Filter works well and is quiet. Large 20 gallon size can accommodate many fish. Quick-change filter is easy to use. Includes starter food and water conditioner. Daylight effect on the LED lighting. Water stays very clear. Made from glass.
Doesn't come with a heater. The lid doesn't have a hinge and must be completely removed to access fish.
Plastic construction makes it lighter in weight than others. Nice 6.5 gallon size can handle a couple of fish well. LED lights can change color. Quiet run on the filter and pump.
This tank has a tendency to crack if it's moved while filled with water. Doesn't include gravel and plants.
Filter and pump on the back. Modern design with rounded corners. Includes white and blue LED effects. Made from glass. Very quiet filter. 5 gallon size. Easy to assemble. The white light is very bright.
Filter may be harder to clean than others on the market.
This aquarium set is designed on an aquaponics model. The plants filter the water and the fish waste fertilizes the plants. It can grow herbs or other small plants. Includes a bar for hanging a plant grow light.
This beautiful setup is not for beginners. You really need to know your tanks to be successful with this one. It also may require a grow light for the plants.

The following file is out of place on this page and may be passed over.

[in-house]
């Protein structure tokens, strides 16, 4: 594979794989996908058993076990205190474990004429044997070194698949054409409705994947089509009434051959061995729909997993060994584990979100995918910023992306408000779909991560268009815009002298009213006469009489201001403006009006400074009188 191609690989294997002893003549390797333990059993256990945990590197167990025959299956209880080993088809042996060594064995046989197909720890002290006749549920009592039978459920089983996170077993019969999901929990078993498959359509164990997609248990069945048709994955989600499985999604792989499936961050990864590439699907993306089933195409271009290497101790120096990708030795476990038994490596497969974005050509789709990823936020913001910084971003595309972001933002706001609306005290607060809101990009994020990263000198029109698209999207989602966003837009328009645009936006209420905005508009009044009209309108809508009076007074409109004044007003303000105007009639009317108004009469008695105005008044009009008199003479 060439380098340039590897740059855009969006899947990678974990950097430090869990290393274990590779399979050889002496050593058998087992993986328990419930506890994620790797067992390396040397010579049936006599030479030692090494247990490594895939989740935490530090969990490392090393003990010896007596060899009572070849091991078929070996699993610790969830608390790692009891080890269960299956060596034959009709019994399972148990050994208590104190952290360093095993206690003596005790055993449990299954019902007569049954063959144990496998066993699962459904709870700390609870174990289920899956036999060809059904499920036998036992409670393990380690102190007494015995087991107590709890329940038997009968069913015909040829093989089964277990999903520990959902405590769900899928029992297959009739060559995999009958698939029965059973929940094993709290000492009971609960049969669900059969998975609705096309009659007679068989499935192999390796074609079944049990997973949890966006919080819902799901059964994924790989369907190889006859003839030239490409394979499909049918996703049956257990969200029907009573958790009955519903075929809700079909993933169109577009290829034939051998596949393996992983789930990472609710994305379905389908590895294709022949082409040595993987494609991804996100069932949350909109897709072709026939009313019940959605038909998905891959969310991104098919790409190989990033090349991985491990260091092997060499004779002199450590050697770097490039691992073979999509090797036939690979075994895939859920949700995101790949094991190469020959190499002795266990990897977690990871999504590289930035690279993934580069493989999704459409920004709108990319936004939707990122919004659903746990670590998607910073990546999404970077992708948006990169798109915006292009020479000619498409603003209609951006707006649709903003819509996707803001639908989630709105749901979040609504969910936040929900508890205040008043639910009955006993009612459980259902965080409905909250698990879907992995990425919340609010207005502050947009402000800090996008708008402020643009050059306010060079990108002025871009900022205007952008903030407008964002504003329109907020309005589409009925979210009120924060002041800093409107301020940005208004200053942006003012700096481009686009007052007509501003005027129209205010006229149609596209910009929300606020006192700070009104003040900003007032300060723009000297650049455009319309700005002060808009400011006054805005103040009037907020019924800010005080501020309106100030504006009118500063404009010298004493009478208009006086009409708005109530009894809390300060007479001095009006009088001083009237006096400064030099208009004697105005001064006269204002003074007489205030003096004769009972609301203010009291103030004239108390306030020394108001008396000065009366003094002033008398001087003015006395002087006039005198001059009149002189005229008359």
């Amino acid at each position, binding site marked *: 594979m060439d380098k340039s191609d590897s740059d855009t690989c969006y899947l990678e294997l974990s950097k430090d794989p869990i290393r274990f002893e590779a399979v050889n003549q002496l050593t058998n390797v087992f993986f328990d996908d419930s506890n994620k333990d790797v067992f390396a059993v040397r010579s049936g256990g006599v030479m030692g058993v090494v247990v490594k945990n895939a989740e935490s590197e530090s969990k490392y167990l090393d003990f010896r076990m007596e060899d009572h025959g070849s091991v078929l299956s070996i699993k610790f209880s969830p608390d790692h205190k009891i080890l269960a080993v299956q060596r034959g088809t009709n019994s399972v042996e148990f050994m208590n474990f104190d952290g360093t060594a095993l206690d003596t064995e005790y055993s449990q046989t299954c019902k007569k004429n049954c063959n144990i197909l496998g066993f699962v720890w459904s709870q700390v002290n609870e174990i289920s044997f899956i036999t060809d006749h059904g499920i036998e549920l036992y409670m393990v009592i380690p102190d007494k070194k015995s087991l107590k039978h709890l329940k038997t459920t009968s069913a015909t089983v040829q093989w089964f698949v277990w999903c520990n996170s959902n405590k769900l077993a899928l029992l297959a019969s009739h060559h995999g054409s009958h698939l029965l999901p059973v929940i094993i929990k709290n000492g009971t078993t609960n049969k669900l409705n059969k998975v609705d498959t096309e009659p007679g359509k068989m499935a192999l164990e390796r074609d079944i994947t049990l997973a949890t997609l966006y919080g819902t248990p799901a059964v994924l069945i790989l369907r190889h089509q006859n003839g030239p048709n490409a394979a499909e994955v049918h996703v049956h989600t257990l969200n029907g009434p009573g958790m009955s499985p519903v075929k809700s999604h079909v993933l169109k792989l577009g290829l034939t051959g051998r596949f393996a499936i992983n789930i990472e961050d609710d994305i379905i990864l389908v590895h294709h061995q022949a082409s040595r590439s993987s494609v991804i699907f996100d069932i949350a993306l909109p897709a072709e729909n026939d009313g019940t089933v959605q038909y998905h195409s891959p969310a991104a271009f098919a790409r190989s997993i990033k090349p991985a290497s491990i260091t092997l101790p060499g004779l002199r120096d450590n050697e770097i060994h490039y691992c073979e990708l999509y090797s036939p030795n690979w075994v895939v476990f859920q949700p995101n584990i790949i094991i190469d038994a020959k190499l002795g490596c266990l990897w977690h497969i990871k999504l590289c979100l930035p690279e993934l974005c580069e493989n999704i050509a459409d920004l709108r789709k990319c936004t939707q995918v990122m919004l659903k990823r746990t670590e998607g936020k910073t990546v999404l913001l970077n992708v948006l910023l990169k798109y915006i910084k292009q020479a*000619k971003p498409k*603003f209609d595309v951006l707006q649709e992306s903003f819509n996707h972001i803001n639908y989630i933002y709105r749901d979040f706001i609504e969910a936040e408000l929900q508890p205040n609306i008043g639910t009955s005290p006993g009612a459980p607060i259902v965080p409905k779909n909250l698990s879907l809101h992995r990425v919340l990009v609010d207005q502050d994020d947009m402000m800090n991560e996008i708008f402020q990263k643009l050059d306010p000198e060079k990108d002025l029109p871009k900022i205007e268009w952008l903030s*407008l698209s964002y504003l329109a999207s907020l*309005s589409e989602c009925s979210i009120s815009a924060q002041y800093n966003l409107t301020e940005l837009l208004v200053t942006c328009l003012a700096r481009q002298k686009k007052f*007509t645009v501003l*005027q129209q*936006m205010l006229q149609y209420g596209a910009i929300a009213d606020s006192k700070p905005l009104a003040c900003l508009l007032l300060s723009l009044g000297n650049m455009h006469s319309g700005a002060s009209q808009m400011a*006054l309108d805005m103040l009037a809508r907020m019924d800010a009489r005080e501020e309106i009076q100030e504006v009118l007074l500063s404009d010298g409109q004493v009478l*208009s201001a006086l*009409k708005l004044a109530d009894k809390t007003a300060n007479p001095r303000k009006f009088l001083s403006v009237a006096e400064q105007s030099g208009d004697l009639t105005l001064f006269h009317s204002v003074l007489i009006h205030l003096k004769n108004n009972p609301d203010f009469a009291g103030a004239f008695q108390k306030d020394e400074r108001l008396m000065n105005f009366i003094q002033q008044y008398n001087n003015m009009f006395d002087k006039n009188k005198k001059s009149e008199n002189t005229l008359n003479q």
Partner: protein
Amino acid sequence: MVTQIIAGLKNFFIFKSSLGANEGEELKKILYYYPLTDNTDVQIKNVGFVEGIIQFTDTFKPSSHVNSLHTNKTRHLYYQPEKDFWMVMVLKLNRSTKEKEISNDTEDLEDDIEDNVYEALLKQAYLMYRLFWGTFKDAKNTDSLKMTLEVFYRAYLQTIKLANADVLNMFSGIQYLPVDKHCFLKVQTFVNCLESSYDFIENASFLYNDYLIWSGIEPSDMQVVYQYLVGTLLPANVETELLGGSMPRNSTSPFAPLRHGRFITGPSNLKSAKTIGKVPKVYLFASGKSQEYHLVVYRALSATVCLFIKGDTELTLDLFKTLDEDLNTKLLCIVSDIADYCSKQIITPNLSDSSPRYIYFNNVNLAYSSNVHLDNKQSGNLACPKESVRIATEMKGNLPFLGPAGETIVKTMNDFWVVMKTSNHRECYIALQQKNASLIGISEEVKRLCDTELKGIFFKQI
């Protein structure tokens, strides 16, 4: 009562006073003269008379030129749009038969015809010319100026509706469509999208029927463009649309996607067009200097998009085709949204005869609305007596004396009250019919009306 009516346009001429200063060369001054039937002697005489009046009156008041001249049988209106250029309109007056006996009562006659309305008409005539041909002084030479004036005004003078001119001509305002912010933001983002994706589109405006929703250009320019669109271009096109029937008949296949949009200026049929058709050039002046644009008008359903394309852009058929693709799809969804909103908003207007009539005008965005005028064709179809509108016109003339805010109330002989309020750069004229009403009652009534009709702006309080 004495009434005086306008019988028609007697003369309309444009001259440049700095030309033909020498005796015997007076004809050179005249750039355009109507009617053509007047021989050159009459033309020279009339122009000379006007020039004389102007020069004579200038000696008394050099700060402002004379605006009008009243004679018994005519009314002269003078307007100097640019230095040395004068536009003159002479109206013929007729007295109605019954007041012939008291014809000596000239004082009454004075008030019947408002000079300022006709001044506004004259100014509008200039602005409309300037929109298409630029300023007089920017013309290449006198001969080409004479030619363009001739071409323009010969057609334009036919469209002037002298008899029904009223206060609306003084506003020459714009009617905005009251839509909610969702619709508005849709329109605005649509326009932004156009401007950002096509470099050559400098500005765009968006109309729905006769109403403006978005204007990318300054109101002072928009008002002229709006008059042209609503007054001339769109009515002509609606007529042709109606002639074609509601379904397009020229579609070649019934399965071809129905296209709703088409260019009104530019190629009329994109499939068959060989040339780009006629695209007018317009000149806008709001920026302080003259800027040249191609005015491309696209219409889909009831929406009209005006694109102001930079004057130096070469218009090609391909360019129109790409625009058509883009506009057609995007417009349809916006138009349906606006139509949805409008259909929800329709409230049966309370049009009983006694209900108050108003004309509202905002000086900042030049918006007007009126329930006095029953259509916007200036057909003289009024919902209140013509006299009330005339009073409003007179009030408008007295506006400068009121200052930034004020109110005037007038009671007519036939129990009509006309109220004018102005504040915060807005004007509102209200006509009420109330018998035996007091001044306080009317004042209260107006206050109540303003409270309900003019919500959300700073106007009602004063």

Nice lines and a pleasing design. Adjustable current flow. Comes with a filter. Made from easy-to-clean glass. Good filtration system. Solid lid. Nice lighting system. Great for a betta.
At 2.6 gallon, this aquarium will not be healthy for more than one fish.
We recommend these products based on an intensive research process that's designed to cut through the noise and find the top products in this space. Guided by experts, we spend hours looking into the factors that matter, to bring you these selections.
When it comes to choosing a pet, there’s a lot to be said for a tankful of freshwater fish. You might not be able to snuggle with them, it’s true, and you won’t have a purring companion or a wagging tail when you arrive home. But on the upside, you don’t need to walk your fish in inclement weather, they’ll never tear up your couch, and no worries about pet-induced allergies, shedding hair, or overflowing litter boxes. But for many beginning fish enthusiasts, setting up that first tank can be intimidating, which makes a starter kit a great idea.
There’s a lot of equipment required to keep freshwater fish healthy and happy, and learning to separate the must-haves from the would-likes requires a bit of research. Fish tank starter kits make the whole process much easier. These handy kits provide close to everything you need to get your aquarium up and running, and it’s usually more economical to buy a kit than it is to purchase each piece separately.
While many fish tank starter kits are fairly complete, you’ll just about always have to purchase a few things separately. Here’s a breakdown of what you’ll need, what’s recommended, and what’s likely to be included with your kit.
Obviously, you can’t keep fish without a tank to house them.
Material: Most starter kits provide a glass tank, which is sturdy and resistant to scratches but heavy. The other option is acrylic, which comes in a wider range of shapes and weighs less but is very prone to scratching.